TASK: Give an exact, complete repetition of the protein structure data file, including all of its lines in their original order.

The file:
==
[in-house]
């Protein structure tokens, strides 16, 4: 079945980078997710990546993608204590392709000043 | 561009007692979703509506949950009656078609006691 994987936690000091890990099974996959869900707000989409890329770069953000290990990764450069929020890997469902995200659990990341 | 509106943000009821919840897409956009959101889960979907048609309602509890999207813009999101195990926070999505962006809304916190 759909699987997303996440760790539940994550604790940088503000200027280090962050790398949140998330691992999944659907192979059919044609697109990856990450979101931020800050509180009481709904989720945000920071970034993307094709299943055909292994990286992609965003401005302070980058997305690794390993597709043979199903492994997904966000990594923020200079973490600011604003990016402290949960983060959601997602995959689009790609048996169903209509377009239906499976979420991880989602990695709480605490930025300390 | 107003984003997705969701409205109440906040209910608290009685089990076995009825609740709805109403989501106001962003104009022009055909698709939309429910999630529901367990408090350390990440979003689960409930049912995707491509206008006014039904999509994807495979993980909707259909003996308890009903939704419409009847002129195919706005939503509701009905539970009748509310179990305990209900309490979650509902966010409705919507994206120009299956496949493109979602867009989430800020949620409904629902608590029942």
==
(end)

[in-house]
């Protein structure tokens, strides 16, 4: 079945980078997710990546993608204590392709000043 | 561009007692979703509506949950009656078609006691 994987936690000091890990099974996959869900707000989409890329770069953000290990990764450069929020890997469902995200659990990341 | 509106943000009821919840897409956009959101889960979907048609309602509890999207813009999101195990926070999505962006809304916190 759909699987997303996440760790539940994550604790940088503000200027280090962050790398949140998330691992999944659907192979059919044609697109990856990450979101931020800050509180009481709904989720945000920071970034993307094709299943055909292994990286992609965003401005302070980058997305690794390993597709043979199903492994997904966000990594923020200079973490600011604003990016402290949960983060959601997602995959689009790609048996169903209509377009239906499976979420991880989602990695709480605490930025300390 | 107003984003997705969701409205109440906040209910608290009685089990076995009825609740709805109403989501106001962003104009022009055909698709939309429910999630529901367990408090350390990440979003689960409930049912995707491509206008006014039904999509994807495979993980909707259909003996308890009903939704419409009847002129195919706005939503509701009905539970009748509310179990305990209900309490979650509902966010409705919507994206120009299956496949493109979602867009989430800020949620409904629902608590029942």